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13 People Who Definitely Won’t Ever Lend Anyone Money Again

“If you want to be a friend, never borrow, never lend.” More and more people agreeably nod their heads when they hear this phrase. And it’s not all that surprising since the number of stories about lenders’ uneasy destinies grows more and more, like a snowball.

The Bright Side editorial team hopes that your lenders will return their debts on time and would like you to read the revelations of those who weren’t so lucky in the meantime.

  • Once I lent my friend $20 for a couple of days. After one week had passed, I realized he wasn’t going to return the debt. Moreover, the things on his end were going badly. One day, he asked if I wanted to take his place on his night and day shift at work as a guard — one shift costs $20. It means that I would earn this money myself and return my friend’s debt to myself too. © Neuzheli / Pikabu

  • My cousin asked me to lend him $200. He urgently needed to pay several debts before the New Year. I lent it. He promised to return the debt in a couple of months. It was only $200, not $20,000. He could call me and ask to move the date, he could simply not return it (he himself insisted on returning the debt), just call me — we’re not strangers. That was December of 2014. It’s 2020 now and I have never seen him since then. He simply got lost. Communication with my cousin costs $200. I think that’s cheap. © KycokMakca / Pikabu

  • My nephew called me a couple of years ago asking to lend him $3,000 for sustaining his business. He already sold his car and borrowed money from his parents, but still, the money wasn’t enough. So I thought, “I have this money. Why not help him?” I lent it but with the condition that he had to return the debt in 6 months and write me a note about it. After 6 months had passed, I called him and asked, “Where’s my money?” The response was unexpected: “What money?” Eventually, the young man started to say that a note was just a piece of paper. My calls to his parents also didn’t get any results — they were protecting their offspring. It all resulted in me suing my nephew and sending bailiffs to him. He doesn’t have any money and can’t return the debt. I also became the main foe of the family because I dared to ask for my money back. That’s how $3,000 helped me to get rid of “good” relatives. © IpockerfaceI / Pikabu

And we weren’t communicating all this time. I had already forgotten about the debt but he hadn’t. It’s surprising but such things do happen. He must’ve been saving 3 pennies a day. © Jodin / Pikabu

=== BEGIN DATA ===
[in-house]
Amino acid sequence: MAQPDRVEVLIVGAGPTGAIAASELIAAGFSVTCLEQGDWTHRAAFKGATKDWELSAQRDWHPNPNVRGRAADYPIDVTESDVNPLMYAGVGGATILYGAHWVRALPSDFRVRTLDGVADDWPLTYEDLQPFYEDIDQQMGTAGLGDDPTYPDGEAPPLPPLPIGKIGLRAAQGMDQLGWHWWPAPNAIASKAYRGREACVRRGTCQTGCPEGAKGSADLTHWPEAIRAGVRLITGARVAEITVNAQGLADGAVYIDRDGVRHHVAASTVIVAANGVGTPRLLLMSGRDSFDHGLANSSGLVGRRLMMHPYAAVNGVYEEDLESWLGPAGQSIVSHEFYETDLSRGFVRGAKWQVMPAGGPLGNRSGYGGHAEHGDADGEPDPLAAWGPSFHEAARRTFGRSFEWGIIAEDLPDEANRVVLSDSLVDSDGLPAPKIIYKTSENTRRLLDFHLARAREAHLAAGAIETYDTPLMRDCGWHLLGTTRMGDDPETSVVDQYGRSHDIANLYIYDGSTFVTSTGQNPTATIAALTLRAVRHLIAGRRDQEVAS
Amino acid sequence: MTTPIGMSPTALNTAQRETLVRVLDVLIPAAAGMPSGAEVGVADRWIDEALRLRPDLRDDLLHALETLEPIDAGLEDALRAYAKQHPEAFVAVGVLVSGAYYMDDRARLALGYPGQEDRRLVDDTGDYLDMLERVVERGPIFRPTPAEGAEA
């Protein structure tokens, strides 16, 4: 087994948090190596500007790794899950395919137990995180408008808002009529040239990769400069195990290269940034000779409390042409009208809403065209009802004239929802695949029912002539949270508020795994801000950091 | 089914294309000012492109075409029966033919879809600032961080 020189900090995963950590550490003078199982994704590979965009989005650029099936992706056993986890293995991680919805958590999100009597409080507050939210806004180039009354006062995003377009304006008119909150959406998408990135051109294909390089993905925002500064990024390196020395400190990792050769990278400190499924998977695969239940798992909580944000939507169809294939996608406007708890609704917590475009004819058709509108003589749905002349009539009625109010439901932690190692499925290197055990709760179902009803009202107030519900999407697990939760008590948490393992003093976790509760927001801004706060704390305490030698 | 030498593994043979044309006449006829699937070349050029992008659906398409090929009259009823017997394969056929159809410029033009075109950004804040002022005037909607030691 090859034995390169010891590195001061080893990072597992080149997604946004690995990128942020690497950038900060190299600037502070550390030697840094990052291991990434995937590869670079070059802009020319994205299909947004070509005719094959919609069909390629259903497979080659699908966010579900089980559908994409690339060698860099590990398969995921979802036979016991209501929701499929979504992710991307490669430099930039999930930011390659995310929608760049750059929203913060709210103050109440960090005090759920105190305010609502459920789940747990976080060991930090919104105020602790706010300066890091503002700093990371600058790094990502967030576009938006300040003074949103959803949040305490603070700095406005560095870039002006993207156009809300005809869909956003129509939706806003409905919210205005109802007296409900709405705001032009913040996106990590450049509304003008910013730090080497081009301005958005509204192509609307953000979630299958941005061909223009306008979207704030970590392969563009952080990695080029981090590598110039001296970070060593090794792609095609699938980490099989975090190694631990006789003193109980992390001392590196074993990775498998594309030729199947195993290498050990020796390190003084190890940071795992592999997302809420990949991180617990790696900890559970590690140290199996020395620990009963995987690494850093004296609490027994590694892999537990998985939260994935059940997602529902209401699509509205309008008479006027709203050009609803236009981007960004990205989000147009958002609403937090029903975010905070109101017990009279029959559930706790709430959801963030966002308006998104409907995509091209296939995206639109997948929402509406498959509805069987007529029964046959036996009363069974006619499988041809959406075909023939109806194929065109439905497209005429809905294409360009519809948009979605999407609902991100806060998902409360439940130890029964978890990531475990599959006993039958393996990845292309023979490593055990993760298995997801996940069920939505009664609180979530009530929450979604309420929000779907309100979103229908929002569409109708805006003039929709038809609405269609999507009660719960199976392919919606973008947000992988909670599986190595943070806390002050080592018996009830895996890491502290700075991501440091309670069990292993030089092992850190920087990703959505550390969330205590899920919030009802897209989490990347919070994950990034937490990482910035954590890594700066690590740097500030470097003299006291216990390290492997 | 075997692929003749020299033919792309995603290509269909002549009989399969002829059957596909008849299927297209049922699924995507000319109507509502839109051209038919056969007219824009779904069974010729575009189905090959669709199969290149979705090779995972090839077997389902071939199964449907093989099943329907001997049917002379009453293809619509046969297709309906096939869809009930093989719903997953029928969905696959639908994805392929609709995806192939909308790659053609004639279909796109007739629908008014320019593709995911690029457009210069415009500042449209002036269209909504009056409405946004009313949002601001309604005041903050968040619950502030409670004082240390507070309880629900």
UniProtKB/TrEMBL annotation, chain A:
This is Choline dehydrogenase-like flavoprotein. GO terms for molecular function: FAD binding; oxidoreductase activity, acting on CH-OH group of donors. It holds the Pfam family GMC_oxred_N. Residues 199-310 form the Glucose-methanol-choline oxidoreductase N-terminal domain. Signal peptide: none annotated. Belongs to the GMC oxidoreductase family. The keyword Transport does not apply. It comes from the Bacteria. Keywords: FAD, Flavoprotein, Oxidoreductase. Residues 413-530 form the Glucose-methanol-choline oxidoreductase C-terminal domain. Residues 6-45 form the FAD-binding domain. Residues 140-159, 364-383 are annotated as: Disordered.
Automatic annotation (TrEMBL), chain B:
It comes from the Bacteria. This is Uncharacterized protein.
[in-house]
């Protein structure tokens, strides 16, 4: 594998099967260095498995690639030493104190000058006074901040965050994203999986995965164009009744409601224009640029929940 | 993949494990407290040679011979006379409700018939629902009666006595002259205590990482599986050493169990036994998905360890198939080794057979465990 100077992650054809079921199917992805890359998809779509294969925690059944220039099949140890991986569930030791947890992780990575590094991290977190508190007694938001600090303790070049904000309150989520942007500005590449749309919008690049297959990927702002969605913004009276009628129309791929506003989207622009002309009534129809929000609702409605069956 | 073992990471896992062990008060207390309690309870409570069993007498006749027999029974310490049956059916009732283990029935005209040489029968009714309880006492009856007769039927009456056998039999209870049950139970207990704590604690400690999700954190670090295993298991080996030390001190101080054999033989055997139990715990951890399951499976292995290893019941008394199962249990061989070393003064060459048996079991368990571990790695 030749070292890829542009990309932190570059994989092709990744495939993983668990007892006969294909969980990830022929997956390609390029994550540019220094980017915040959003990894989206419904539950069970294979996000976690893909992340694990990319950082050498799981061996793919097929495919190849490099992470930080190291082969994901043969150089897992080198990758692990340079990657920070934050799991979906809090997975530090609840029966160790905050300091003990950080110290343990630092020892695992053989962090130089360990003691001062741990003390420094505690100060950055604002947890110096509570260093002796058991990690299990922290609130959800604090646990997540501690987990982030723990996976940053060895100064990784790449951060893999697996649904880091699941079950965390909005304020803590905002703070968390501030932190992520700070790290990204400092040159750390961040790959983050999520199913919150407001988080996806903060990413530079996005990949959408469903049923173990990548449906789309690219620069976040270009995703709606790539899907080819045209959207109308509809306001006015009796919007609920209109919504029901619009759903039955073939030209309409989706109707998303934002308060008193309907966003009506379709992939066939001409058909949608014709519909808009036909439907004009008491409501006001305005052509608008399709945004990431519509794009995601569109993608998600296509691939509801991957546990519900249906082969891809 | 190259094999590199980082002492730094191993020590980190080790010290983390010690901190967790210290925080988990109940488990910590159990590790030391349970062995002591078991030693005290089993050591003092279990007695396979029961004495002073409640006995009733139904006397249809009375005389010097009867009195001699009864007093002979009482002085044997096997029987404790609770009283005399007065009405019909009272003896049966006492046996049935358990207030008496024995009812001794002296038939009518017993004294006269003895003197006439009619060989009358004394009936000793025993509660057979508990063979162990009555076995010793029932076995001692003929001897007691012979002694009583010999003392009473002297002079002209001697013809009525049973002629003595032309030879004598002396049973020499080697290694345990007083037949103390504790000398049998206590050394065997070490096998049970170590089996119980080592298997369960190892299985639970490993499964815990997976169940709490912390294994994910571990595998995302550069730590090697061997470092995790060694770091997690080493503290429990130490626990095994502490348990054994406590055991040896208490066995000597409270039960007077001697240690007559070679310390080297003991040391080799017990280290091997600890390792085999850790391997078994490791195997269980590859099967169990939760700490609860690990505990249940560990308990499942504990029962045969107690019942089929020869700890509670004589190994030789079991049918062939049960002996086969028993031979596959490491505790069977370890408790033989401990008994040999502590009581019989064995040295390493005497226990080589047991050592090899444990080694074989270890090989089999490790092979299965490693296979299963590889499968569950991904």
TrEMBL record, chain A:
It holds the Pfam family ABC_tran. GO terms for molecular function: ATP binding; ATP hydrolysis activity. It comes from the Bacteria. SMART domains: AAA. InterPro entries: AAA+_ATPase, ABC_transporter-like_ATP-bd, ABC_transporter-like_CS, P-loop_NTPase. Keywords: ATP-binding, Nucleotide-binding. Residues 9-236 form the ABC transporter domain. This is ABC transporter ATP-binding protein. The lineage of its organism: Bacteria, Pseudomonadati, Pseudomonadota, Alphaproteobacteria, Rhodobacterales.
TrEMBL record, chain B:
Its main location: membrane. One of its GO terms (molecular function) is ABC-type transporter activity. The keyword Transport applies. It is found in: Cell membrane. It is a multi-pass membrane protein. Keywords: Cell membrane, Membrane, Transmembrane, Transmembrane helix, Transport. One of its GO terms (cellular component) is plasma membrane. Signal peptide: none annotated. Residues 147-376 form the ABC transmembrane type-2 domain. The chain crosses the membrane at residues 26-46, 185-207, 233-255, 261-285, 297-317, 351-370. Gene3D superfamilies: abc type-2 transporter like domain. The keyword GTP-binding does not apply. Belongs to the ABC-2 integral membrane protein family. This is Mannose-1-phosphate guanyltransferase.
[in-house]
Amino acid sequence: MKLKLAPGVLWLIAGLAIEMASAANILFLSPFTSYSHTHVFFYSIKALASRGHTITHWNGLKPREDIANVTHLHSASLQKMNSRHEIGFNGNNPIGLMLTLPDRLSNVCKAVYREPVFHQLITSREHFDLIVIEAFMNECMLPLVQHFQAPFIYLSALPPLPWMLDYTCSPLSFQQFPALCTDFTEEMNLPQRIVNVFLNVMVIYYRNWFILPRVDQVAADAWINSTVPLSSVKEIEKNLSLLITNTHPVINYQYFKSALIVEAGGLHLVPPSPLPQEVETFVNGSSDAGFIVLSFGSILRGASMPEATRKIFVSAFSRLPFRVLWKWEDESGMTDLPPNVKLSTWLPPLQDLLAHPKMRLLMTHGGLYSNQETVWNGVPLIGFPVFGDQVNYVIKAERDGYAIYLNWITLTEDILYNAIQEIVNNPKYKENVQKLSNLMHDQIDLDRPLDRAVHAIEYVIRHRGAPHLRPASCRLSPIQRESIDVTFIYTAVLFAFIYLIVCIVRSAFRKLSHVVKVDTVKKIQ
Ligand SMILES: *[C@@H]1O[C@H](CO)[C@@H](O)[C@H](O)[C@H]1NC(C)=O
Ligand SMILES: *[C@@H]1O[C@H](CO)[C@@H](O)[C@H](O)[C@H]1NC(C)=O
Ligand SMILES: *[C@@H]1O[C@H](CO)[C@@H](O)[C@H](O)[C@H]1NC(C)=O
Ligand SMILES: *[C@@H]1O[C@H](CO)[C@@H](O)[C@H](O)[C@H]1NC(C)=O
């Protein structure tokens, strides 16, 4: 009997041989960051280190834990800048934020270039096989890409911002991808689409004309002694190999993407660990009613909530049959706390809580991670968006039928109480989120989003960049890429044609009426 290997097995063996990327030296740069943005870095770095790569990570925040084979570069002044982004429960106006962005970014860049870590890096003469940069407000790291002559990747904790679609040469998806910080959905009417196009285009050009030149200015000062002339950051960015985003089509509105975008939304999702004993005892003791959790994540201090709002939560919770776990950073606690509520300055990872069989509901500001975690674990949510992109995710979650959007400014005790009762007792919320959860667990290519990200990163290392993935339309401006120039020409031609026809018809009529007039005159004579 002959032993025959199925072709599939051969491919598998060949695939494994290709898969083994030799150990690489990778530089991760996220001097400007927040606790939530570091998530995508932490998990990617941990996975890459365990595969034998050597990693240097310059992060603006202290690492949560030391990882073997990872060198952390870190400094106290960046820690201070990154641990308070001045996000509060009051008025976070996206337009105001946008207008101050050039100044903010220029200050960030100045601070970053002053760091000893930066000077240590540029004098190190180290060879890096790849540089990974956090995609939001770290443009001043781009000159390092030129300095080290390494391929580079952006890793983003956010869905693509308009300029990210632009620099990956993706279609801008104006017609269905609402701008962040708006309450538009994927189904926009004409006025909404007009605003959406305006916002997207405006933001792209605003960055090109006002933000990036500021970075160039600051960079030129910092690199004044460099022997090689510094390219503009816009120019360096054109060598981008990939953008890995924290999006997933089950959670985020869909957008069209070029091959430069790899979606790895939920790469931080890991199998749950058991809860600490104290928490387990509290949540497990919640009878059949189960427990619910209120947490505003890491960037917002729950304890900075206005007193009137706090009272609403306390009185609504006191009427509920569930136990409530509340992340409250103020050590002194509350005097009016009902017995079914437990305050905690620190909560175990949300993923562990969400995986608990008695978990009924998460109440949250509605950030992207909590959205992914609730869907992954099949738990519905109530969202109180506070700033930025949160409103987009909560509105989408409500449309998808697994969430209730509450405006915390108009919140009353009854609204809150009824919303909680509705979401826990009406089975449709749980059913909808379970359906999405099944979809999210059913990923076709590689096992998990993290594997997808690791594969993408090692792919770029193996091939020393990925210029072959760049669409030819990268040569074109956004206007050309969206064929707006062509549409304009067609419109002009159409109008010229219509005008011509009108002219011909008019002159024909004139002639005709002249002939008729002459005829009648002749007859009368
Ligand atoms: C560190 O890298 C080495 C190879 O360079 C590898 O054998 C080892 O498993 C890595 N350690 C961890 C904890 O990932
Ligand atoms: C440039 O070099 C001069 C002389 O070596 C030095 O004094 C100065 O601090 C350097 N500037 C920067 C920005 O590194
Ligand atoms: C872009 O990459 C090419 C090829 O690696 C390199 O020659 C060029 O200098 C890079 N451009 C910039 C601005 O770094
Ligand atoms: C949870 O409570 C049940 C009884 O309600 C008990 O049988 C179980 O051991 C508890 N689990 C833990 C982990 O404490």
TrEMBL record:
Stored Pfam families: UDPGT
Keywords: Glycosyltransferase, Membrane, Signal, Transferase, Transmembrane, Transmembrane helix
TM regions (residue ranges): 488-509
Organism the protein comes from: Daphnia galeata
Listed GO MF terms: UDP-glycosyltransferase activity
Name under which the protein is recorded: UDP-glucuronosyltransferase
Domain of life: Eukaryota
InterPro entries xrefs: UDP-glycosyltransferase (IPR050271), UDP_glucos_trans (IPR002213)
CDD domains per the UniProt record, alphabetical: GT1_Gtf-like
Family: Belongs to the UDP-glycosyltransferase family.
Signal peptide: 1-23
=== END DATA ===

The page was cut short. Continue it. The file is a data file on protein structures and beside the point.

• This story happened to my brother. One of his friends asked him to lend a very large amount of money to him. My brother agreed but with his apartment as collateral. So the following dialogue took place between them:
    — “Do you want to take my apartment?”
    — “Do you want to not give back your debt?” © predskazamus / Pikabu

  • One of my friends called me and said that he owed me $5 and was entering the New Year with debt, which isn’t a good sign. That’s why he transferred the money to my card. Another friend who owes me $2,000 is not calling me. Apparently, he doesn’t believe in superstitions. © Alax / Pikabu

  • I once lent my friend $100 and he vanished from my life and then moved to another city. After a couple of years, we accidentally met each other and he didn’t even want to talk to me. When I asked him about the money, he said I was too petty. Those $100 bucks were all I had left at that moment. © MayorskiePogoni / Twitter

  • Once, my friend came to me and asked me to lend her my diamond ring for a special event. After she left, I noticed that another one of my rings was missing. She deleted all her accounts on social media and switched off her phone and I still haven’t found her — it’s already been 10 years. © Julia13081986 / Twitter

  • Once, an acquaintance borrowed $200 from me. It was very a lot of money at that time. He disappeared but was living in a neighboring block of flats. I saw him from a distance several times but he was always running away, not giving me a chance to talk to him. After many years, I met him in front of a store. I had a cool car and was well-dressed. We started to talk. He said he was looking for a job and as it turned out, he was a suitable specialist for our company. I was the security service worker and could help him get the job. Do you think he got it? Nope, he should’ve thought about that before cheating me. © Overheard / Ideer

  • An acquaintance called me the other day asking to lend him a decent amount of money for a couple of months. I said:
    — “Ok, I’ll do it. Let’s catch up at the notary office.”
    — “Why at the notary office?”
    — “To register the loan.”
    — “Why? I’ll give it back.”
    —" Good, then there’s nothing to worry about. I’ll pay for the notary services myself."
    — “I thought you were my friend...” © Overheard / Ideer

  • I lent money to a man that I had been dating for just over a year. I never asked why he needed it. We broke up after 2 months and he returned the debt. Later, I accidentally learned that he used this money to rent an apartment to live with another woman. Now he’s going to marry her. © Overheard / Ideer

  • I kept quarreling with my neighbor about the debt she wasn’t returning to me ($20). Eventually, she got mad and brought me the debt in a sack full of dimes. But she didn’t know that I collected coins. About two-thirds of the sack got put into my collection. While I was putting them in my album, my neighbor was in the process of giving birth to something big, aggressive, and covered with poisonous spikes. © Unknown author / Bash.im

What trouble did you get into after you lent money to someone?

Preview photo credit Overheard / Ideer